France - Police

Paris prosecutor wants police to face charges over beating of black man

Music producer Michel Zecler speaks to media before going to the Inspectorate General of the National Police, known by its French acronym IGPN, in Paris, Thursday, Nov. 26, 2020.
Music producer Michel Zecler speaks to media before going to the Inspectorate General of the National Police, known by its French acronym IGPN, in Paris, Thursday, Nov. 26, 2020. AP - Thibault Camus

Paris's top prosecutor has called for four police officers under investigation over the beating of a black music producer to face charges and for three of them to remain in detention as the probe continues.


Paris prosecutor Remy Heitz said on Sunday the case over the beating of Michel Zecler would now be handed to an investigating magistrate who would decide on charges and detention measures.

The three officers suspected of carrying out the beating should remain in custody, he said, while a fourth, who arrived on the scene later and set off a tear gas canister, should be freed under conditions.

Paris prosecutor Remi Heitz.
Paris prosecutor Remi Heitz. © France 24

Heitz's recommendation came a day after tens of thousands protested across France against a controversial security bill which would restrict the right to publish faces of on-duty police, with the rally in Paris ending in clashes.

The beating of music producer Michel Zecler -- exposed in video footage published last week -- has become a focus of anger against the police in France, accused by critics of institutionalised racism including singling out blacks and arabs.

The protests in Paris saw a brasserie set alight, cars set on fire and stones thrown at security forces, who responded with tear gas and anti-riot tactics.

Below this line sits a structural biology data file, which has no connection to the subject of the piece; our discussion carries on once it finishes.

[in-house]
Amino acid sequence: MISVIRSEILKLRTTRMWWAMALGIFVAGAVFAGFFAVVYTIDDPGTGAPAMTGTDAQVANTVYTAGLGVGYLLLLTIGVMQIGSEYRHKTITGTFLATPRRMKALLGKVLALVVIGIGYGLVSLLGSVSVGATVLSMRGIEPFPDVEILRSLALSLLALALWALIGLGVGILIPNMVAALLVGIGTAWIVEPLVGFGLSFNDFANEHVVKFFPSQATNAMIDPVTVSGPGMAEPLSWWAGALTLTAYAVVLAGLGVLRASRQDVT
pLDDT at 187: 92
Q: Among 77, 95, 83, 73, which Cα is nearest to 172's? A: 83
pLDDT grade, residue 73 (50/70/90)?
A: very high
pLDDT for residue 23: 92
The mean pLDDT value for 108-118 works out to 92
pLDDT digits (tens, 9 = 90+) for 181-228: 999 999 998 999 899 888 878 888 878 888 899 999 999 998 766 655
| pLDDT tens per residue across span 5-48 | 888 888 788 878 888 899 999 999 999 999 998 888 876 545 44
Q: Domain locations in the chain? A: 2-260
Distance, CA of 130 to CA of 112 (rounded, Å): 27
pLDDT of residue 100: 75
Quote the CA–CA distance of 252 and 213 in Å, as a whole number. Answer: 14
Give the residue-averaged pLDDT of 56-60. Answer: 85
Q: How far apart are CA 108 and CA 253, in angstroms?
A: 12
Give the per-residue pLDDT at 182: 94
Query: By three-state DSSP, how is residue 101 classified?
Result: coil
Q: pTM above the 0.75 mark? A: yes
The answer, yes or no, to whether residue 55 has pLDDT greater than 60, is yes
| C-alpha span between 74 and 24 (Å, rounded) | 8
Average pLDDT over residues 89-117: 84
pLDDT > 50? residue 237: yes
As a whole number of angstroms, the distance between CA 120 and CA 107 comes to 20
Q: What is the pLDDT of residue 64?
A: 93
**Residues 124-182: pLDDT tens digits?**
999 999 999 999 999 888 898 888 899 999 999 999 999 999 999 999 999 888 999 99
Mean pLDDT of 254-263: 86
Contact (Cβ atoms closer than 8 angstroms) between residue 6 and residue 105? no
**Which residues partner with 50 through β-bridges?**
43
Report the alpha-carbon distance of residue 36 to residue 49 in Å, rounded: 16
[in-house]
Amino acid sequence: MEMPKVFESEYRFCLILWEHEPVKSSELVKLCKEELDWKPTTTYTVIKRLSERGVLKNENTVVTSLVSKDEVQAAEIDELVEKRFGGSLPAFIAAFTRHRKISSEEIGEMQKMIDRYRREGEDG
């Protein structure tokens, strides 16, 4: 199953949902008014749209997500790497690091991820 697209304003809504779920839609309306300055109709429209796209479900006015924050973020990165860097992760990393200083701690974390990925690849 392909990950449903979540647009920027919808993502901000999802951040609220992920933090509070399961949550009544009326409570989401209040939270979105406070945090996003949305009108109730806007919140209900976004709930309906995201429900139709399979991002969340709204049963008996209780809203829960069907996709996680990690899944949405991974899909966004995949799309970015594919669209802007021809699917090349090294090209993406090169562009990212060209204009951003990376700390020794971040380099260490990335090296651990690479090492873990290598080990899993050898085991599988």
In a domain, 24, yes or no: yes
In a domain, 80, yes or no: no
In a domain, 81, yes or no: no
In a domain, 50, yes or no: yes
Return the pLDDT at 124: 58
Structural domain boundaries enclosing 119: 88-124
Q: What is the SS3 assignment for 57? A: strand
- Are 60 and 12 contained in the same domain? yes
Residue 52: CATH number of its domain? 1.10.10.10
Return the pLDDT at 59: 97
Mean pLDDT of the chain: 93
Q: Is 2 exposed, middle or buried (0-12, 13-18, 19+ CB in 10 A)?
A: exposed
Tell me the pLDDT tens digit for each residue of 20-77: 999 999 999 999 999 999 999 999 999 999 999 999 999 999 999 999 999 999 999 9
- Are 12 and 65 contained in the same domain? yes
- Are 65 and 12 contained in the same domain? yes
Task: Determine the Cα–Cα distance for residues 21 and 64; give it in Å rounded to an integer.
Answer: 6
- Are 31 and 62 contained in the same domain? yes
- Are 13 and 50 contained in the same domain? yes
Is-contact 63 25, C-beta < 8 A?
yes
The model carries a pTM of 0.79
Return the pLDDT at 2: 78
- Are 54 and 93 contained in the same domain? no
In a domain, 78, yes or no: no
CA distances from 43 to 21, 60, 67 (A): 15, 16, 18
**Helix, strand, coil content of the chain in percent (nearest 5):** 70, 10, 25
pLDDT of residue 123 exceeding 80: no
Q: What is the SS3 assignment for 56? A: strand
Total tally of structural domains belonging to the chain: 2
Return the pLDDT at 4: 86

Among those hurt was an award-winning Syrian photojournalist, Ameer al-Halbi, 24, seen with a bruised face and much of his head covered in bandages in AFP photos.

Police said 62 officers were injured at the demonstrations and 81 people arrested, with Interior Minister Gerald Darmanin saying the violence in the protests was "unacceptable".

Authorities did not have a tally for the number of marchers injured, saying only that two people outside the capital had complained of police violence.                  

 Zecler beating 'shames us'                

Four police have been detained over the beating of Zecler, with three of them specifically probed for using racial violence as well as for making false statements.

Following questioning by the police's National Police Inspectorate General (IGPN) they have now been handed over to the judicial authorities to decide on the next steps, which could see them being charged.

They could face a fast-track trial or a more standard procedure which would see a case being opened and the men appear before an investigating magistrate.

Paris prosecutor Remy Heitz is due to give an update on the measures to be taken against them from 5:00 pm (1600 GMT).

Commentators say that the images of the beating -- first published by the Loopsider news site -- may never have been made public if the contentious Article 24 of the security legislation was made law.

The bill would criminalise publishing images of on-duty police with the intent of harming their "physical or psychological integrity".

It was passed by the National Assembly although it is awaiting Senate approval.

The controversy over the law and police violence is developing into another crisis for the government as President Emmanuel Macron confronts the pandemic, its economic fallout and a host of problems on the international stage.

Macron said Friday that the images of Zecler's beating "shame us" and asked the French government to come up with proposals to "fight against discrimination".

For critics, the legislation is further evidence of a slide to the right by Macron, who came to power in 2017 as a centrist promising liberal reform of France.

A series of high-profile cases against police officers over mistreatment of black or Arab citizens has raised accusations of institutionalised racism. The force has insisted violations are the fault of isolated individuals.

Daily newsletterReceive essential international news every morning